By pouring water consistently, providing the right amount of light, and understanding the life cycle of your Pothos, you’ll establish a care routine that ensures your plant’s health and longevity. Remember, it’s a good idea to adapt care routines based on seasonal changes, and always keep a closer look for any signs of stress, like brown leaves or brown edges, to make adjustments accordingly.

watering schedule for houseplant

FAQS About Pothos Plants

Are Golden Pothos Toxic?

Golden Pothos, a popular and resilient houseplant, harbors calcium oxalate crystals within its structure. While this feature contributes to its hardiness, it also necessitates careful consideration due to the plant’s toxicity. The crystals are especially concentrated in the plant’s leaves.

To ensure a safe environment, place your Pothos in the right place away from areas accessible to pets and small children. This is particularly crucial as the plant may tempt curious individuals. Even a little bit of contact can lead to skin irritation.

How Long Can Pothos Go Without Water?

Pothos, known for its resilience, can endure periods without water, making it one of the best things about this low-maintenance plant. In optimal conditions, a well-established Pothos can generally go without water for up to two to three weeks.

Factors influencing the duration include the plant’s age, environmental conditions, how much sun it receives, and the type of potting mix. Young Pothos plants with smaller root systems may require more frequent watering, while mature plants with well-developed root systems can withstand longer intervals.

Can You Overwater Pothos?

Yes, overwatering Pothos is a common concern that can have noticeable effects on the plant’s appearance. When there is an excess of water, Pothos leaves may exhibit a distinctive wrinkled appearance, resembling water blisters. This occurs as a result of the plant’s cells becoming swollen and distended due to the abundance of moisture.

Moreover, leaf curling and the development of brown tips on new leaves are additional signs of overwatering, contributing to a less-than-ideal aesthetic for your Pothos. The damaged areas not only impact the visual appeal but can also compromise the overall health of the leaves. 

What Does An Overwatered Pothos Look Like? 

Identifying an overwatered Pothos involves observing distinct signs that manifest on the plant. One noticeable indicator is the downward curling of leaves, a mechanism employed by the plant to minimize surface area and mitigate excessive transpiration caused by an abundance of water.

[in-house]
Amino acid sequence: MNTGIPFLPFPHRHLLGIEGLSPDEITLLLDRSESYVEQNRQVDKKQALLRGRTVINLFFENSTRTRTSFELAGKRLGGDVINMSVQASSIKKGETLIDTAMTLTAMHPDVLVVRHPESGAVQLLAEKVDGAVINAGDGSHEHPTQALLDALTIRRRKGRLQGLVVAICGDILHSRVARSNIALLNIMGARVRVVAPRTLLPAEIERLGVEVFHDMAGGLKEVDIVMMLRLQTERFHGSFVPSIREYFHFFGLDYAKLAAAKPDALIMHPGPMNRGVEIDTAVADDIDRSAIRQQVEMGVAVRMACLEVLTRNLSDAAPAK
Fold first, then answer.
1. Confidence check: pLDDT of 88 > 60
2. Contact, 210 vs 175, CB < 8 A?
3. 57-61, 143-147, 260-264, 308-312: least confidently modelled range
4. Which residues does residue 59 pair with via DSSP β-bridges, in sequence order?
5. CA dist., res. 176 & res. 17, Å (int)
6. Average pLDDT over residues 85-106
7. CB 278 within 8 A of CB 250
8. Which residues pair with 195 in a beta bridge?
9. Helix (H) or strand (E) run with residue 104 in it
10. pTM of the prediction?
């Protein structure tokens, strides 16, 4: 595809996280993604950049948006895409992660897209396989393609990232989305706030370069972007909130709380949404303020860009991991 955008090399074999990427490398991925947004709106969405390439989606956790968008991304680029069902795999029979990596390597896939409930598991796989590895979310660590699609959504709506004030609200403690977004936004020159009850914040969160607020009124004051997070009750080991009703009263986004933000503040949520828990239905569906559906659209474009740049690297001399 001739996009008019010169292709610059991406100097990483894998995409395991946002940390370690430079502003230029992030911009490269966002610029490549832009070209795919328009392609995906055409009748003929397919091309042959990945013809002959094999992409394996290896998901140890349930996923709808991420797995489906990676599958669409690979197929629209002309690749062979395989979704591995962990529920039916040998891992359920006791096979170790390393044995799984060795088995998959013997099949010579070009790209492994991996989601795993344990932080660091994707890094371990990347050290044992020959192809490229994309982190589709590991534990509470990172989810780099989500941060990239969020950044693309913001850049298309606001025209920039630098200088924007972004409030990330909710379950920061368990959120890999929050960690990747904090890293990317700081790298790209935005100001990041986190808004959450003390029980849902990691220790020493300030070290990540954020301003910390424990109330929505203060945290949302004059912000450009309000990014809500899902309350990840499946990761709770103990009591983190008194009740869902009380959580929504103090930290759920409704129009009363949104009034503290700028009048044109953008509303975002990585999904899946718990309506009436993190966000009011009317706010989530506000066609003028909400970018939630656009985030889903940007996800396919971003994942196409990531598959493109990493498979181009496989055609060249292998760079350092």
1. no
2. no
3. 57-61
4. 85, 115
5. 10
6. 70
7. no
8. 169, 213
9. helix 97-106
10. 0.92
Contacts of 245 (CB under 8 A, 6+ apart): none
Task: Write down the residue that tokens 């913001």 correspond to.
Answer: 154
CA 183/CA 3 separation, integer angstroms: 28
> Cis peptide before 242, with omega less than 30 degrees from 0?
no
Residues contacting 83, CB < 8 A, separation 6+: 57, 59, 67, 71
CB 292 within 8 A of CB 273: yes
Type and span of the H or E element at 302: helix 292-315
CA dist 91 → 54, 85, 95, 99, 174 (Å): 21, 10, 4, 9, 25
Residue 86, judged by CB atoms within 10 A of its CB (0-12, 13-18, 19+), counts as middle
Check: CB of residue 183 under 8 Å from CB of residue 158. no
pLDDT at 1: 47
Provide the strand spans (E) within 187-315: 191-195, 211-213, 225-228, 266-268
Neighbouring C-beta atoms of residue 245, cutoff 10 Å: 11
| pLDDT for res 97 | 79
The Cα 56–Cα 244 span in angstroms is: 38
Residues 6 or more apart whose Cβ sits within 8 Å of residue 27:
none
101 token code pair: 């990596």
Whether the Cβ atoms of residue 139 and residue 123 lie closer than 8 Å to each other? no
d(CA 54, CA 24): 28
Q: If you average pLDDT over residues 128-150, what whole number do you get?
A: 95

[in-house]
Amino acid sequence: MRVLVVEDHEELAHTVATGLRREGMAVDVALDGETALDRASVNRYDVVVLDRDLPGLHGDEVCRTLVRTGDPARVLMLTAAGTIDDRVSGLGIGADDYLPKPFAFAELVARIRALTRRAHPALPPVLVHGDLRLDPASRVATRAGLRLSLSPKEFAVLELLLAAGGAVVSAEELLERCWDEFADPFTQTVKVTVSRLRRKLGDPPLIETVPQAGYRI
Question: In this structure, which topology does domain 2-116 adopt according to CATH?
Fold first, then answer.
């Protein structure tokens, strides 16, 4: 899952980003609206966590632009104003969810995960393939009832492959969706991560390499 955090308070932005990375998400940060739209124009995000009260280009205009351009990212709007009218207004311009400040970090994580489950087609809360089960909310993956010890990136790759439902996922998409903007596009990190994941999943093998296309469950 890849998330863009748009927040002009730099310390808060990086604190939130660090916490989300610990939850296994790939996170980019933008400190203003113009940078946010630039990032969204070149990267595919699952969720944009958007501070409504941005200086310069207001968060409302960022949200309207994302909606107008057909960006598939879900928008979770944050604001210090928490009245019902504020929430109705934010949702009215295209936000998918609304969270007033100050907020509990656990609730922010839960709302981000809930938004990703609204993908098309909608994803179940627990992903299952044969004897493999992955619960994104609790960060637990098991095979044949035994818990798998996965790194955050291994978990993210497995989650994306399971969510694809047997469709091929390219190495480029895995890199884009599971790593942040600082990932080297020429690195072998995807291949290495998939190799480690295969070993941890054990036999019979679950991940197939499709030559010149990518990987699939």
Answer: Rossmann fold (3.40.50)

The presence of yellow or brown leaves further signals overwatering issues. This discoloration can manifest in isolated spots or extend throughout the entire leaf, offering a clear visual cue of the plant’s struggle with excess moisture.

Notably, the occurrence of mold is a definitive sign that your Pothos has been overwatered. Mold growth is often a consequence of prolonged soil saturation, creating an environment conducive to fungal development.

Being attuned to these signs allows for timely intervention, preventing the detrimental effects of overwatering on your Pothos. Adjusting watering practices, ensuring proper drainage, and allowing the soil to partially dry between waterings are key strategies to maintain the optimal health and appearance of your Pothos.

How Often Do You Water Pothos Plants?

To maintain the optimal health of your Pothos, adhere to a watering schedule, aiming to hydrate the plant every 1-2 weeks. Allow the soil to experience a thorough drying phase between each watering session. An effective guideline to ensure your plant receives the appropriate amount of water is to assess the soil moisture. If the top inch of the soil retains excess moisture, refrain from watering to prevent overhydration.

Conversely, when the top few inches of soil feel dry, it indicates that the root system is ready for a refreshing drink. This watering practice is particularly vital as it caters to the diverse needs of distinct Pothos varieties, creating an environment conducive to their thriving growth.

How Do You Know If Pothos Has Root Rot? 

Identifying root rot in a Pothos involves recognizing several telltale signs indicative of fungal disease and overall plant distress. One prevalent symptom is the wilting of leaves, a clear indication of the adverse impact of the fungal infection on the plant’s water uptake.

Examine the stems, and if they appear brown and mushy, it suggests a significant problem with the plant’s root system. The texture of the stems provides a visual cue to the extent of the issue, with mushiness signaling compromised plant health. Soggy soil serves as another critical sign of potential root rot. Excess moisture in the soil creates an environment conducive to fungal diseases, and prolonged saturation can lead to the development of root rot.

Stunted growth is an additional indication that the Pothos is struggling with its root health. The plant may exhibit a lack of vigor and fail to reach its expected size due to the hindrance caused by root rot. The presence of fungus gnats is often linked to overly moist conditions and can serve as an early warning sign of potential root rot issues in your Pothos.

Soft, brown roots, when observed during plant examination, are a definitive confirmation of root rot. This visual cue underscores the urgency of addressing the problem promptly to salvage the plant. To remedy root rot, adjusting watering practices to prevent soil oversaturation, improving drainage, and, if necessary, repotting the plant with fresh, well-draining soil are essential steps. Timely intervention is crucial to restoring the health of your Pothos and preventing further complications associated with root rot.

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The Hobby Wife

The Hobby Wife

Greenhouse and backyard gardener, devoted homemaker, and passionate recipe creator. My journey through life revolves around my unwavering love for food and travel. As a passionate cook, I blend my garden's bounty with culinary finesse and inspiration from my travels. From farm-to-table homestyle dishes to copycat recipes that offer something unique, my kitchen is a canvas where flavors harmonize and ingredients tell stories.